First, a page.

Here is the truth about spray foams: SPF foam contains diisocyanates, and dermal (vapors through the skin) or inhalation exposure to these chemicals can cause significant health risks, such as asthma and lung damage, if specific workplace precautions are not followed during product application and clean-up.

Risks also may apply to building occupants who may remain on-site during or re-enter shortly after application.

That is one thing; workers being exposed. But I have found cases where homeowners even experienced negative effects from the spray foam long after it was installed. This is when it gets serious for me. Workers can be trained to be safe by using masks, ventilators and body suits (notice all publicity pictures of people applying SPF have white body suits).

But homeowners have no way of protecting themselves in this way. This applies to children especially who have much more porous bodies than grown ups and absorb chemicals much faster and with much greater effect.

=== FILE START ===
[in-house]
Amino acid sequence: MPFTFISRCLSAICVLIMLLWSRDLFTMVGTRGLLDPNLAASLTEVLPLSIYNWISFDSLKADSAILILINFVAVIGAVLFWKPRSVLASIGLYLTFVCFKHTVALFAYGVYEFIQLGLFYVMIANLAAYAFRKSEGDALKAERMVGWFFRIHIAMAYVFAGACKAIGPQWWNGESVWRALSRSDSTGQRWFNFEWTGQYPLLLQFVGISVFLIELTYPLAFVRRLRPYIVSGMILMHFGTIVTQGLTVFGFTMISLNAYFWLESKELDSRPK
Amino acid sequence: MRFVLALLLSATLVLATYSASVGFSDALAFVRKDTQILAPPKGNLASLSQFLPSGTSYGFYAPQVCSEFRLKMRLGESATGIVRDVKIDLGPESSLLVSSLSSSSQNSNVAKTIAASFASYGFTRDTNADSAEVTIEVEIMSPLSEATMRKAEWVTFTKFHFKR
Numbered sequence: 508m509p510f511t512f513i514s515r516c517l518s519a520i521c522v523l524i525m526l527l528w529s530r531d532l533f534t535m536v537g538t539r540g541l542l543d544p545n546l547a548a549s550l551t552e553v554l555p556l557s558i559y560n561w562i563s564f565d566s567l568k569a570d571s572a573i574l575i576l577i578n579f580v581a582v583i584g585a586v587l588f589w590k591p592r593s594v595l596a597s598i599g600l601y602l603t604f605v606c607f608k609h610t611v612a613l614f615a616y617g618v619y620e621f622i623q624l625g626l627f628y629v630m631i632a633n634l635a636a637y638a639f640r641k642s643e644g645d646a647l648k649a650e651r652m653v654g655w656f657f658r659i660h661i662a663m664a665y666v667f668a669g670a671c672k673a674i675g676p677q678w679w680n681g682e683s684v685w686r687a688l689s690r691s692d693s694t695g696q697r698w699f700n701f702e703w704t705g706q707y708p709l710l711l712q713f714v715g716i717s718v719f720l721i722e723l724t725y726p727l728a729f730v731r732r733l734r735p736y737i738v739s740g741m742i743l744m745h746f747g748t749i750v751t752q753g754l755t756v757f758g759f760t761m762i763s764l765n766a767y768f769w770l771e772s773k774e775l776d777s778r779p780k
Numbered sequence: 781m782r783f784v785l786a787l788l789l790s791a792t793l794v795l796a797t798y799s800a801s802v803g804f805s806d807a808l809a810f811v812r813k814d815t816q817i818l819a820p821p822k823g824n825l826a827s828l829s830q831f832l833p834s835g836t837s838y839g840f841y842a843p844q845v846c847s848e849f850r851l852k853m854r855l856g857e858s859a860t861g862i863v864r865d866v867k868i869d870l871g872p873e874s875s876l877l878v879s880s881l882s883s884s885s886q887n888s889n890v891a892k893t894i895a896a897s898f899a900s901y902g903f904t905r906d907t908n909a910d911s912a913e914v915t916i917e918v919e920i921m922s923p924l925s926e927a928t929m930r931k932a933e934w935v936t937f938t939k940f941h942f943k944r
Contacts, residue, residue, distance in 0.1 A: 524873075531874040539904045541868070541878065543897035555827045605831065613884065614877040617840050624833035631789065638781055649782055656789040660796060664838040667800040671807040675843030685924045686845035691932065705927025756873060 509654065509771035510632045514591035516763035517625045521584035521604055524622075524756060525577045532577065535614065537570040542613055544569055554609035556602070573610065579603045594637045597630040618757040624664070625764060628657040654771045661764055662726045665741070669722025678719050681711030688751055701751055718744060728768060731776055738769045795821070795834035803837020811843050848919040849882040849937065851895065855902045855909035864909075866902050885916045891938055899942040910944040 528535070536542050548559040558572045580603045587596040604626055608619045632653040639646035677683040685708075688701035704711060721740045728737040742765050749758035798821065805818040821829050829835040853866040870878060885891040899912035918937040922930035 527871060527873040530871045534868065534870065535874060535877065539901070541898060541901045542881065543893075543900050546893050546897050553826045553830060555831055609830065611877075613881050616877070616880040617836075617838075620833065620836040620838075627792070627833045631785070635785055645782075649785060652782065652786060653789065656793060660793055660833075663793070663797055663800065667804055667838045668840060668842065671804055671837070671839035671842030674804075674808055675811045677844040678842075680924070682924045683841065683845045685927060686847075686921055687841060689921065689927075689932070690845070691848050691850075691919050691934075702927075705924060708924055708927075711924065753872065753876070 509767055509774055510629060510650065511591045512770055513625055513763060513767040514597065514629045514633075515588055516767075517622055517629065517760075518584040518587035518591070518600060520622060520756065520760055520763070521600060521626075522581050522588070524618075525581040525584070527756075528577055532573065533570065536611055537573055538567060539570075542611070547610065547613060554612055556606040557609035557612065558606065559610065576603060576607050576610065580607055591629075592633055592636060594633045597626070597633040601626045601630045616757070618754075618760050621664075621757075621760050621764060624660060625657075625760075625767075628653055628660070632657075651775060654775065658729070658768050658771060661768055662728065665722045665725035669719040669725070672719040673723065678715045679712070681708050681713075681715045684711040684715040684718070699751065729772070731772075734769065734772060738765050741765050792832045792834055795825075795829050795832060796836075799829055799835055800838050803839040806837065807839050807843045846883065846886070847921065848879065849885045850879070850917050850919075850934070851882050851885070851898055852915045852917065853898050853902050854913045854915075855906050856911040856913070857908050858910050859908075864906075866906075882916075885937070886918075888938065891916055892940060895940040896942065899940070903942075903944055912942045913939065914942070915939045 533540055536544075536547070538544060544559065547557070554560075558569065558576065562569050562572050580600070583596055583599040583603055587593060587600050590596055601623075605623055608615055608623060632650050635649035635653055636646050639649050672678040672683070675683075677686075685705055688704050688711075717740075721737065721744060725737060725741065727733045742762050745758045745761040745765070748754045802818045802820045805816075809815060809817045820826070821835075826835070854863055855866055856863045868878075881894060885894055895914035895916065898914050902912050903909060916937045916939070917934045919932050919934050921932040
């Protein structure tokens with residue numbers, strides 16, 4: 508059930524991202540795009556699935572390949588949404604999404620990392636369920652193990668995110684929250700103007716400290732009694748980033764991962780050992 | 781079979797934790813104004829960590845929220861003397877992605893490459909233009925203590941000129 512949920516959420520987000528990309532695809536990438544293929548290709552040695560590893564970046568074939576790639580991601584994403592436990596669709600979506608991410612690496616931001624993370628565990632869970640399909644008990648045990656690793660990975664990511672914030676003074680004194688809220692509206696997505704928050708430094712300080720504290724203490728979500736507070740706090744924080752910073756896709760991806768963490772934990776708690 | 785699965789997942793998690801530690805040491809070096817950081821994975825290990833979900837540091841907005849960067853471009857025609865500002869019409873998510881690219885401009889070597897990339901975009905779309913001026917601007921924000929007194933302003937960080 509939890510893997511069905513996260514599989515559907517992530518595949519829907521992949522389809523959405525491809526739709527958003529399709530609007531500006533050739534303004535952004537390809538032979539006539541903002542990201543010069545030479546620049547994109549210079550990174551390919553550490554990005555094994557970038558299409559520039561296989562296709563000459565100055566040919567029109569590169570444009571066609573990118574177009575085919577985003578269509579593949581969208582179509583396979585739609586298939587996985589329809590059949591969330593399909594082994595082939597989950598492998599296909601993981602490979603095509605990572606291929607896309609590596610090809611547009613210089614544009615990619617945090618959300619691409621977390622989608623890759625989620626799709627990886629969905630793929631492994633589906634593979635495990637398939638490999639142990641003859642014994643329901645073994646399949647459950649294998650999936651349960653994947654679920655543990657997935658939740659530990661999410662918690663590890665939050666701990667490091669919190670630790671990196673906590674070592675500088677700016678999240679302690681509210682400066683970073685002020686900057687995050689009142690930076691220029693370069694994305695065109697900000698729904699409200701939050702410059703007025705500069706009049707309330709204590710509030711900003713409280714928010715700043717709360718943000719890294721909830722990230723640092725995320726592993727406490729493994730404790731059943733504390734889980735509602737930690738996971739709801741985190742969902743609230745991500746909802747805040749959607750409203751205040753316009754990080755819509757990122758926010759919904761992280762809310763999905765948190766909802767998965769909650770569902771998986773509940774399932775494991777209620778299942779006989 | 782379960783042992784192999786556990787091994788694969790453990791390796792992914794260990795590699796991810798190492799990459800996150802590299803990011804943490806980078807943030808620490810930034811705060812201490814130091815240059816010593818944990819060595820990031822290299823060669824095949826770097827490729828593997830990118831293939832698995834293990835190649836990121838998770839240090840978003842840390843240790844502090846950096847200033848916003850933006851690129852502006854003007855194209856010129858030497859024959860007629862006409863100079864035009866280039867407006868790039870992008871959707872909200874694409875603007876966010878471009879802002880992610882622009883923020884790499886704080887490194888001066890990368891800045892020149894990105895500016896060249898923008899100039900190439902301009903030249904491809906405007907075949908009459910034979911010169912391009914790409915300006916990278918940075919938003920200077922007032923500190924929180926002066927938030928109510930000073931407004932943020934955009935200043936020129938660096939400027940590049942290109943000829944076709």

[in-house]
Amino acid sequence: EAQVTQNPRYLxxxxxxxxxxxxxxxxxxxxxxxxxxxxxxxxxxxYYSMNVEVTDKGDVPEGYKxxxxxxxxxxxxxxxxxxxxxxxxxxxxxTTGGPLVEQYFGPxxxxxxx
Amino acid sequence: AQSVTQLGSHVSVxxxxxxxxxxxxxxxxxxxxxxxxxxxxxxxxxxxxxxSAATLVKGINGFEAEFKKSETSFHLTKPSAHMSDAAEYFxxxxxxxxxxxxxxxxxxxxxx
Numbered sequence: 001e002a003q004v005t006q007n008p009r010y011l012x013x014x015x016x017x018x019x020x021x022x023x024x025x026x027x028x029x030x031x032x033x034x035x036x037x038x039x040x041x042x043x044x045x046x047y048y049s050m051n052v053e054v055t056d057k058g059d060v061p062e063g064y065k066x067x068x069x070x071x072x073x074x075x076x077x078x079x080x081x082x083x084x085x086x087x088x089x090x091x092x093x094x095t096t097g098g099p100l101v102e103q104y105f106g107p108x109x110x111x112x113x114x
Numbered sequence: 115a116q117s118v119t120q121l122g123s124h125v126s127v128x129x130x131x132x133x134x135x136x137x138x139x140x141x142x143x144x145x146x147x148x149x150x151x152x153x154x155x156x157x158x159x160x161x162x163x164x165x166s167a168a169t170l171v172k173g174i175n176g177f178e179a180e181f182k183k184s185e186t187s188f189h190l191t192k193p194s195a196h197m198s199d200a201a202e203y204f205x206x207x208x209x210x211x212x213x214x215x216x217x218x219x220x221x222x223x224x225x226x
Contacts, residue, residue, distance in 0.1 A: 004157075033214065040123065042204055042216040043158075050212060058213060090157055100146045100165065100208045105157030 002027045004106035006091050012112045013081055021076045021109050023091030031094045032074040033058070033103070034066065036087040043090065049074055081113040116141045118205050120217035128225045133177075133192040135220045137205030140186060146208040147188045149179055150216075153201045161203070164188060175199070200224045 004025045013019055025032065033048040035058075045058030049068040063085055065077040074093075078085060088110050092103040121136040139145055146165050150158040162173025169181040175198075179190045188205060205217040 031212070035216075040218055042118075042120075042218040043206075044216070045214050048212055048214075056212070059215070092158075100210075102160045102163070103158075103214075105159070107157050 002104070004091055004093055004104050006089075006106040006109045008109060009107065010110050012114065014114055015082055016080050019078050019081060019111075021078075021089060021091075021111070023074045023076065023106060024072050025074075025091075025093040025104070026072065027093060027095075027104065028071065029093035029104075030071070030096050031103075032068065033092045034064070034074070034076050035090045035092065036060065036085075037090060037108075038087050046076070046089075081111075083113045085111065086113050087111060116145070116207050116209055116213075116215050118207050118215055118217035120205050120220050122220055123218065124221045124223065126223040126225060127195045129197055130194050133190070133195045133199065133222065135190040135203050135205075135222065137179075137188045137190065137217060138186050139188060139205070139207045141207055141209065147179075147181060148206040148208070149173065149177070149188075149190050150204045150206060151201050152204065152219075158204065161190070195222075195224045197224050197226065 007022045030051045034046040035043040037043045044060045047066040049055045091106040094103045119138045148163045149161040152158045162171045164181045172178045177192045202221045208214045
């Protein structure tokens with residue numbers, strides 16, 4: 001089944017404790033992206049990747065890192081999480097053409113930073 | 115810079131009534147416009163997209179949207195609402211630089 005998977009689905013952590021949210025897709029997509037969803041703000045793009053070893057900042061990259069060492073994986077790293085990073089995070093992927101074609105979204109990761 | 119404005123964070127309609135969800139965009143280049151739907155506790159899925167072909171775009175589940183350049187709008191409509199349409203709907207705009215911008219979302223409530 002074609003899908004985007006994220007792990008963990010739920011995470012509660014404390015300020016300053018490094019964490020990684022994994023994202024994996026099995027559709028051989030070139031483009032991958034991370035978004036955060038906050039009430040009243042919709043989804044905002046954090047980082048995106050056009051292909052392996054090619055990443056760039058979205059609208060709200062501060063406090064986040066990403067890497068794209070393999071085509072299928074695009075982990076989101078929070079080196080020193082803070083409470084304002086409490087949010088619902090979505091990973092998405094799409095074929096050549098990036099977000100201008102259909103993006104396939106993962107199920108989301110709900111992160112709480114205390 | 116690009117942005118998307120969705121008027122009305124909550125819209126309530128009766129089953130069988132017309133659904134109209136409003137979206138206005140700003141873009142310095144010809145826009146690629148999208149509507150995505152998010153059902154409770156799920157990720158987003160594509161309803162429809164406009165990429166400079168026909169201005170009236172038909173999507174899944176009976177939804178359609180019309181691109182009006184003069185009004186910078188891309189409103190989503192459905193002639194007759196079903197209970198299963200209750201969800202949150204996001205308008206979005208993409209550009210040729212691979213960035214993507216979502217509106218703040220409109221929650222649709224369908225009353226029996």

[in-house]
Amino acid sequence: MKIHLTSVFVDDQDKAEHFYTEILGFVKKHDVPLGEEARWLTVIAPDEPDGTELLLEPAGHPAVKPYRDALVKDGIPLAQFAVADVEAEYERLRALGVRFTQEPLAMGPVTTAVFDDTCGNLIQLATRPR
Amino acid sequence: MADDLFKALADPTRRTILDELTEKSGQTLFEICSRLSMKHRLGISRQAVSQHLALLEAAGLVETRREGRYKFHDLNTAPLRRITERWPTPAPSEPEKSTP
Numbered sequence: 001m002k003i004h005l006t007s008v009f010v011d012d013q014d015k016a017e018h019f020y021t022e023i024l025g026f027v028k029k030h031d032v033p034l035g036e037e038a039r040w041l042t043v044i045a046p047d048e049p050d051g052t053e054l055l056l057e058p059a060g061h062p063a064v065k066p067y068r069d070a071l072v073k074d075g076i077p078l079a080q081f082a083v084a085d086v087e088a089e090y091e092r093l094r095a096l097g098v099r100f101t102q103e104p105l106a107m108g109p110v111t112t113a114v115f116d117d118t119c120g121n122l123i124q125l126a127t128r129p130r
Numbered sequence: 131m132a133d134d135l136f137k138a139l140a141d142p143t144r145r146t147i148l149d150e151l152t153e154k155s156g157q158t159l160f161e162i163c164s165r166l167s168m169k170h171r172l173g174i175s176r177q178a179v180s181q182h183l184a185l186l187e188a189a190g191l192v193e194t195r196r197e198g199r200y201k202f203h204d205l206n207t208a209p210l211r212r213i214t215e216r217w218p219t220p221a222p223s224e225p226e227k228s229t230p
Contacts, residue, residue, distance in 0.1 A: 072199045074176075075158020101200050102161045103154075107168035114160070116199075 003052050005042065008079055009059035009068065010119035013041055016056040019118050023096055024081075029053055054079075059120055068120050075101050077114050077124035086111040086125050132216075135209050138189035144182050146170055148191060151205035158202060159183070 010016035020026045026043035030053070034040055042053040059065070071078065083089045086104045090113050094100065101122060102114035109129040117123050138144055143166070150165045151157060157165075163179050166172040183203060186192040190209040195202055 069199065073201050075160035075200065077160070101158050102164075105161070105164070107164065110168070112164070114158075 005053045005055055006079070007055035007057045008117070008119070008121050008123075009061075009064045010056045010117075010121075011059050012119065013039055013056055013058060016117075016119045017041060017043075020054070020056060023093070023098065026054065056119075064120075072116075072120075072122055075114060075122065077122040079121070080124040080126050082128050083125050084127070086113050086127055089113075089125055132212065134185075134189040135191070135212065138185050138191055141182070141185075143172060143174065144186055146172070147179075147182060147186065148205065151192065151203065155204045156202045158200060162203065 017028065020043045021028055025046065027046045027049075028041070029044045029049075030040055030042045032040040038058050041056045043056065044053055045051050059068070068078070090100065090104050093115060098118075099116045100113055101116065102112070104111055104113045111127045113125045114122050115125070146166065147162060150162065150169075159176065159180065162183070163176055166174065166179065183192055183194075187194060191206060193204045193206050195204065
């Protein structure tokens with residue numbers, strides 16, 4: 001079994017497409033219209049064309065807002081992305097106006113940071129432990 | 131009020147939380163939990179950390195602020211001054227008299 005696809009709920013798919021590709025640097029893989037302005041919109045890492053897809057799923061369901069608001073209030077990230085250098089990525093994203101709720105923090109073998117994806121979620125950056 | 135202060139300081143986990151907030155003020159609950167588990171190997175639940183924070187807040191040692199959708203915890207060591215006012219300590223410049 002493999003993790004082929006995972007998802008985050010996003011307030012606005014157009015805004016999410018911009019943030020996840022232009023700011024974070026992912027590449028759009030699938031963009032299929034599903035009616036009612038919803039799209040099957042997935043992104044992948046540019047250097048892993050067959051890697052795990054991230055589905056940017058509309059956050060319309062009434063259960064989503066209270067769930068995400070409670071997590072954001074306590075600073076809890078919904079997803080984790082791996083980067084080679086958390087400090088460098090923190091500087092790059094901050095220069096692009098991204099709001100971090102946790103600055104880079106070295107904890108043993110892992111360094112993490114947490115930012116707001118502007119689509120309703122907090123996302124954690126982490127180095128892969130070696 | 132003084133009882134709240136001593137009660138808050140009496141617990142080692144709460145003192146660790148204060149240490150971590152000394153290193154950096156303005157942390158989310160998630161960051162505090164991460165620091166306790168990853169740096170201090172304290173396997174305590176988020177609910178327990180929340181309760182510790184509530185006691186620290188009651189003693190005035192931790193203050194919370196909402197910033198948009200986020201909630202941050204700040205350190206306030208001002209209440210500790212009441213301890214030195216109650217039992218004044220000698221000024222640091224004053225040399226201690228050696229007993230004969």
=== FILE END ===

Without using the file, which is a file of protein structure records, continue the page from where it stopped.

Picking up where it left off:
Here is a statement by William Swietlik on the issue, clipped from his much longer comment (No. 11) on the Green Building Advisor site:

I am a member of the Federal Interagency Spray Polyurethane Foam (SPF) Workgroup and Co-Chair of the EPA SPF Workgroup. The mission of these federal groups is to ensure the knowledgable and safe use of SPF, a valuable insulating material.

Spray polyurethane foam (SPF) insulation, both open cell and closed cell, is made from diisocyanates (50% of the formulation), polyol oils, amine catalysts, flame retardants and blowing agents (the other half of the formulation). Dissocyanates are the leading cause of work place asthma and are a well-known sensitizing toxicant to humans.

Once an individual becomes sensitized to diisocyanates there may be no safe exposure level. Sensitization can occur from excessive and/or chronic respiratory and dermal exposures. Diisocyanates are odorless. The amine catalysts (which have an odor) and the blowing agents, can also have health impacts, but these are used in smaller quantities in the formulations.

When installing SPF using high pressure and temperature spraying, unsafe levels of these chemicals are released into the air in the building or home.

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Or how about this long list of comments from HowStuffWorks.com giving all sorts of damning evidence, both from studies and personal experiences. A couple of them: